December 2010

Notice of Proposed Rulemaking Addresses Flight Crew Duty and Rest Requirements in Part 121 Operations

Holland & Knight Newsletter
Judy R. Nemsick | Marc L. Antonecchia

The issue of pilot fatigue has been on the NTSB’s “Most Wanted List of Transportation Safety Improvements” since 1990.1 In a June 15, 2009 “Call to Action,” the FAA announced that it would “start rulemaking to rewrite the rules for pilot flight and duty time to incorporate recent scientific research about the factors that lead to fatigue.”2 The following month, the FAA chartered an Aviation Rulemaking Committee (ARC) consisting of representatives from the FAA and industry and labor organizations.3 The ARC submitted non-public recommendations to the FAA on September 1, 2009, concerning proposed rulemaking on pilot flight and duty time.

On August 1, 2010, President Obama signed the Airline Safety and Federal Aviation Administration Extension Act of 2010, which directed the FAA to issue regulations no later than August 1, 2011, to “specify limitations on the hours of flight and duty time allowed for pilots to address problems relating to pilot fatigue.” Under the Act, the FAA is to consider factors such as time of day, number of takeoffs and landings, crossing multiple time zones, and the effects of commuting.

In September 2010, the FAA published a long-awaited Notice of Proposed Rulemaking (NPRM)4 that attempts to establish one set of flight time limitations, duty period limits and rest requirements for pilots in Part 121 operations. This NPRM incorporates the prior work of the ARC. If adopted, the requirements would eliminate the current distinctions between domestic, flag and supplemental operations. The rulemaking is limited to Part 121 certificate holders and the flightcrew members who work for them, although the FAA states that future rulemaking initiatives may address fatigue concerns related to flight attendants, maintenance personnel and dispatchers. The proposal applies to all flights conducted by Part 121 certificate holders, including other flights that are historically conducted under Part 91.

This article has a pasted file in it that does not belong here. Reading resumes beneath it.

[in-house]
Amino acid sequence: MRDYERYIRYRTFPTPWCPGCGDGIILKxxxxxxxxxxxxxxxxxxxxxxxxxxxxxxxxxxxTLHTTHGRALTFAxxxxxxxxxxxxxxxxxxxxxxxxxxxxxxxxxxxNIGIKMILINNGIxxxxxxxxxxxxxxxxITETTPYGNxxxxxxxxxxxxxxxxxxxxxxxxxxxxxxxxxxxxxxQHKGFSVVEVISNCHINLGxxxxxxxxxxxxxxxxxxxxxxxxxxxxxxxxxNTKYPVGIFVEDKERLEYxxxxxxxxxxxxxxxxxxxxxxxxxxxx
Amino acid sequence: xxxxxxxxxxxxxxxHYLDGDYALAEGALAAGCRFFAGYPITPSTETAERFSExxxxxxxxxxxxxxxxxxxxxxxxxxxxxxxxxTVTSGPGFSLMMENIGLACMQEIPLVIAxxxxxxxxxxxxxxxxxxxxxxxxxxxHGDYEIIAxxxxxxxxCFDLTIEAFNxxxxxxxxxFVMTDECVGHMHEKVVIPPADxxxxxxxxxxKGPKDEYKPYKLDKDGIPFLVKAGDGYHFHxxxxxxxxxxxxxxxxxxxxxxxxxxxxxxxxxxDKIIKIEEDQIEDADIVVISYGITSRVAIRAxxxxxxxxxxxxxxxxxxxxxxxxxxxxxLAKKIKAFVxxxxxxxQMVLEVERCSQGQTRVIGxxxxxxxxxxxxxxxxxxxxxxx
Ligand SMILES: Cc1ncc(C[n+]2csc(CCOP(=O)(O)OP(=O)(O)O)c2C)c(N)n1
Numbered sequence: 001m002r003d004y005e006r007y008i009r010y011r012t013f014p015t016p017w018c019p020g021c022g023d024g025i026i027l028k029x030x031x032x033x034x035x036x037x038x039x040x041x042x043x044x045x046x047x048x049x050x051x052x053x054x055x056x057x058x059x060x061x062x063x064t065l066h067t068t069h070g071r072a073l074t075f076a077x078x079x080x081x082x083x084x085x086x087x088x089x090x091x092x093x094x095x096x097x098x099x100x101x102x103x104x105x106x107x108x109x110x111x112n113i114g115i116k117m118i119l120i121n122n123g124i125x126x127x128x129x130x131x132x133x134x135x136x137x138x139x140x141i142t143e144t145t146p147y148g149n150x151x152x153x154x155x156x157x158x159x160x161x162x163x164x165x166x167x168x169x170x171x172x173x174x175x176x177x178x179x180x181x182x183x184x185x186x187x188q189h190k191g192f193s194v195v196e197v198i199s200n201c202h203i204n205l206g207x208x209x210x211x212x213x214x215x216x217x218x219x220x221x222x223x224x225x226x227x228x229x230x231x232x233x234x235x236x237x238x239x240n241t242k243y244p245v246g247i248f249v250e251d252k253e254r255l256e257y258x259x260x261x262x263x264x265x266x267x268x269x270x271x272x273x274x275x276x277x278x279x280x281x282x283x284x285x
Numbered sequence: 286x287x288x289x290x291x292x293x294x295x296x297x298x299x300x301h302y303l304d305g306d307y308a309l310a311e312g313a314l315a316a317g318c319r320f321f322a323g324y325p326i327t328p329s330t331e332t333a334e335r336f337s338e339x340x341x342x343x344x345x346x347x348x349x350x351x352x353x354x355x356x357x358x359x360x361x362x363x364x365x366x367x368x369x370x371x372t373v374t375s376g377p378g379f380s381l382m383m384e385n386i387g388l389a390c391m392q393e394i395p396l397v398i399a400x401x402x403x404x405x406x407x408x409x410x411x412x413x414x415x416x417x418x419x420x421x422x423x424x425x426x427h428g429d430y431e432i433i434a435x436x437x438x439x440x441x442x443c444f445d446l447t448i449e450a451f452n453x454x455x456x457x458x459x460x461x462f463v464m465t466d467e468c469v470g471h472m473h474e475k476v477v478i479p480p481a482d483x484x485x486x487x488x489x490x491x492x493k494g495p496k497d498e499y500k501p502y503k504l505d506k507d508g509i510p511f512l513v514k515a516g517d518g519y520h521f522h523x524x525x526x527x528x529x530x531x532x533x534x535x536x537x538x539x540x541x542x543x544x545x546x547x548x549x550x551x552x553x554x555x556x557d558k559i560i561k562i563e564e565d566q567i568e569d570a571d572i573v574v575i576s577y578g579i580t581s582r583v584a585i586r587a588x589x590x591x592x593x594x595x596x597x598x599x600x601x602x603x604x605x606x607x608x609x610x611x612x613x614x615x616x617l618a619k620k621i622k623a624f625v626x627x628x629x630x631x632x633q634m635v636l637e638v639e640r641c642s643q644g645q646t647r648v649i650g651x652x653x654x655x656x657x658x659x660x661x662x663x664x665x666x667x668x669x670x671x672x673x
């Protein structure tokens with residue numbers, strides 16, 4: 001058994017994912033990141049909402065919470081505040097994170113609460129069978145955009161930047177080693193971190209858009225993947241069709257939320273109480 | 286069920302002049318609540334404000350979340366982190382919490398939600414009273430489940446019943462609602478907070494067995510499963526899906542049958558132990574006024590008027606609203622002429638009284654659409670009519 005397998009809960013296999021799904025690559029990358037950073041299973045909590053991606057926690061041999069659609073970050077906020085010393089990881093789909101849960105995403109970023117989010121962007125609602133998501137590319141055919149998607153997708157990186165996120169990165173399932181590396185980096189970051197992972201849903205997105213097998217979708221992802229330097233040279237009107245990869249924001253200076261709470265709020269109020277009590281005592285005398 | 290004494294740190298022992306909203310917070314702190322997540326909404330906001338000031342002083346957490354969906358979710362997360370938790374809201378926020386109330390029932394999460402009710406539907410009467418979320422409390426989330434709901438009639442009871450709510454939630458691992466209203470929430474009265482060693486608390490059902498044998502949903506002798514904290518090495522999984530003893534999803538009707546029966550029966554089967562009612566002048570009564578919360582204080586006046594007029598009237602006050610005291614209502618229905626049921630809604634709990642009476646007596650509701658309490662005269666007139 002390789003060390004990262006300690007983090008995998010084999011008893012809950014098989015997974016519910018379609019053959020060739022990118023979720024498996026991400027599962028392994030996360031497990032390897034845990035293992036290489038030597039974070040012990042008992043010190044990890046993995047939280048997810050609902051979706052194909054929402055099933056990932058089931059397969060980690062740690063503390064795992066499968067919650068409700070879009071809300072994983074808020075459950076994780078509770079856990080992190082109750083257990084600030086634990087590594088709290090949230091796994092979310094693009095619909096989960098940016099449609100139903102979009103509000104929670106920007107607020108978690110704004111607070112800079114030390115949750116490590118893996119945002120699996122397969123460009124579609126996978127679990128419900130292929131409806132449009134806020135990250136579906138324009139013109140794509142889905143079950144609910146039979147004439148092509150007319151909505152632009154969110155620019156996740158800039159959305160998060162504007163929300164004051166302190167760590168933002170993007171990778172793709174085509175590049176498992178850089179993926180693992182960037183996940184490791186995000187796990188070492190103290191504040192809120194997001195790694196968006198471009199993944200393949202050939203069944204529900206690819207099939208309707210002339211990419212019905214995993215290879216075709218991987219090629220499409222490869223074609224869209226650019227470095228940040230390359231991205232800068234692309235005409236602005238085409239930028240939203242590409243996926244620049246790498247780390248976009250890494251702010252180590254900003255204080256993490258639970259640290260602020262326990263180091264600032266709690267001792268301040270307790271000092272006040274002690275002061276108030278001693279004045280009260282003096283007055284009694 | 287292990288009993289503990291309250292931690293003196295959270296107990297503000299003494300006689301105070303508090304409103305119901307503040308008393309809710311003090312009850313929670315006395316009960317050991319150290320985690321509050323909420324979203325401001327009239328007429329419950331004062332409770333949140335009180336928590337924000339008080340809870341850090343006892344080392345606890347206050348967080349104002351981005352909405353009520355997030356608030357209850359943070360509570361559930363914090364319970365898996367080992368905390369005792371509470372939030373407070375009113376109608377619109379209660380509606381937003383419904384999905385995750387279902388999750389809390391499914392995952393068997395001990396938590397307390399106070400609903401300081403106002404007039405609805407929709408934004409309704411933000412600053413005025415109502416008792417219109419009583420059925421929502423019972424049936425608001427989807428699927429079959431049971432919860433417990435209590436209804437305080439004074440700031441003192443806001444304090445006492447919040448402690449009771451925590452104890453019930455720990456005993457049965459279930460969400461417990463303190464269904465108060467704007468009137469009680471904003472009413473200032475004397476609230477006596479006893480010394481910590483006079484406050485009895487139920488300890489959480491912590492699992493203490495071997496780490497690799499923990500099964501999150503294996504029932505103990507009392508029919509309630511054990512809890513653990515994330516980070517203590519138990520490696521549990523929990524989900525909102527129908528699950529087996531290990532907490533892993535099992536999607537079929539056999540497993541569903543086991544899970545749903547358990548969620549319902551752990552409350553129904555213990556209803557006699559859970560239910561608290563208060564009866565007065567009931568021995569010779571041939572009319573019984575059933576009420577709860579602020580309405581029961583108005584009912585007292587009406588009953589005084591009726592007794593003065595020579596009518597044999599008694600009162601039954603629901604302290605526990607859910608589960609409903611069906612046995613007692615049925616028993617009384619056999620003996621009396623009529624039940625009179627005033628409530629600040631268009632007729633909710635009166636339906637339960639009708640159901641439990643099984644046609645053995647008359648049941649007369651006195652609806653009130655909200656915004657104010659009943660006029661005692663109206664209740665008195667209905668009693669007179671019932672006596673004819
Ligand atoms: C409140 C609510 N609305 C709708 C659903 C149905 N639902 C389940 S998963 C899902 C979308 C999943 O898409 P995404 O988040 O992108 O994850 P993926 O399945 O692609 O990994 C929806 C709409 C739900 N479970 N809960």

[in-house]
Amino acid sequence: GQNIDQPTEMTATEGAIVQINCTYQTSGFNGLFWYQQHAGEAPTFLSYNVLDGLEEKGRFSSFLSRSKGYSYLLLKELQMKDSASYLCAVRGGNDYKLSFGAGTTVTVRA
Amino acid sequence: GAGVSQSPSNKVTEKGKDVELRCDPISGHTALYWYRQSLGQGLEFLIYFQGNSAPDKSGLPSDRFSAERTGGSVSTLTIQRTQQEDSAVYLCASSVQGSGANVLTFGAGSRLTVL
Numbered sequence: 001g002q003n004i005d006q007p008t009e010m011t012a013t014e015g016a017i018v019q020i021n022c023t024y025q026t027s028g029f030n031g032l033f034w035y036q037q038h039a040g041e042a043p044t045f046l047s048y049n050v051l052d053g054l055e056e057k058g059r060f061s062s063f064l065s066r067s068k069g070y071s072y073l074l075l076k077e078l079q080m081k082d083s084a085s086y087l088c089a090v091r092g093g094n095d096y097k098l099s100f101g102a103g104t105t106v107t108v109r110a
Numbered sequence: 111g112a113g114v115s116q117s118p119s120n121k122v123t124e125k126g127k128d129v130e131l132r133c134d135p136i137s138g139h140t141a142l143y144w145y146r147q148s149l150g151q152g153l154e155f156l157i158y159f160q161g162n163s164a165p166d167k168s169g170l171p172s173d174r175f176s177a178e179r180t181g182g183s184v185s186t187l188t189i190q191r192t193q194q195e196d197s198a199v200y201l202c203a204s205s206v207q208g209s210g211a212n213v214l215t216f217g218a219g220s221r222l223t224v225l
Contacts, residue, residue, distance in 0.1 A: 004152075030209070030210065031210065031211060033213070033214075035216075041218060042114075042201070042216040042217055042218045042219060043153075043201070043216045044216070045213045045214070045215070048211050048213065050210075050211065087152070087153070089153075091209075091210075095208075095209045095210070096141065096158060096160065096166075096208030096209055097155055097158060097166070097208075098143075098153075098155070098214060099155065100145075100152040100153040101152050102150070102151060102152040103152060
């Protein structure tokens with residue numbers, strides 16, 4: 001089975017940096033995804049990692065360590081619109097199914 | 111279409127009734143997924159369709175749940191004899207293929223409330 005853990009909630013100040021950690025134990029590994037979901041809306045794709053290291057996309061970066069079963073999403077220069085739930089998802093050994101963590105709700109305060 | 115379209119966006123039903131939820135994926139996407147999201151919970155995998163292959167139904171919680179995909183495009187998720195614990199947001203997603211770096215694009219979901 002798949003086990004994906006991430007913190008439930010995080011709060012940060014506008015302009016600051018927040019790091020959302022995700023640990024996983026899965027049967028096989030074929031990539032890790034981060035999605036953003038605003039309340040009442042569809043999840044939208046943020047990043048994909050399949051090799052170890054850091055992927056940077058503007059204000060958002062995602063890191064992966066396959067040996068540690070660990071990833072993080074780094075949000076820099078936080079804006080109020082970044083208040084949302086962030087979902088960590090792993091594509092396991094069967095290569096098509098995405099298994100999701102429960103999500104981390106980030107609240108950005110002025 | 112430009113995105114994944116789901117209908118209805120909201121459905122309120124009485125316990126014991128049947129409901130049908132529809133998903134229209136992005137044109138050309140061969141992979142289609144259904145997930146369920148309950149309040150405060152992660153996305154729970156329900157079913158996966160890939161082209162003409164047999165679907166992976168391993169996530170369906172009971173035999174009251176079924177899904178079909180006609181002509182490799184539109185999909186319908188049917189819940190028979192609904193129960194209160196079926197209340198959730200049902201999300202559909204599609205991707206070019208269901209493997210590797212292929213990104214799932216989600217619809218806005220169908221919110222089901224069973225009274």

As summarized by the FAA, the proposal:

  • “sets forth a matrix that addresses transient fatigue ... by establishing a 9-hour minimum rest opportunity prior to commencing duty directly associated with the operation of aircraft (flight duty period, or FDP), placing restrictions on that type of duty, and further placing restrictions on flight time (that period of time when the aircraft is actually in motion – flight time is encompassed by FDP).”
  • “addresses cumulative fatigue by placing weekly and 28-day limits on the amount of time a flightcrew member may be assigned to any type of duty, including FDP. Further 28-day and annual limits are placed on flight time. Flightcrew members would be required to be given at least 30 consecutive hours free from duty on a weekly basis, a 25 percent increase over the current requirements.”
  • “addresses the impact of changing time zones and flying through the night by reducing the amount of flight time and FDP available for these operations.”
  • “allows a carrier to develop a carrier-specific fatigue risk management system (FRMS) ... allow[ing] a certificate holder to customize its operations based on a scientifically-validated demonstration of fatigue mitigating approaches and their impact on a flightcrew member’s ability to safely fly an airplane beyond the confines of the proposed rule.”
  • “provides a limited exception for certain emergency operations or operations conducted under contract with the United States government that cannot otherwise be conducted under the prescriptive requirements proposed [in the rule].”

Fitness for Duty

As a general premise, the NPRM provides that each flightcrew member must report for a flight duty period rested and prepared to perform assigned duties. Flight duty period is defined as: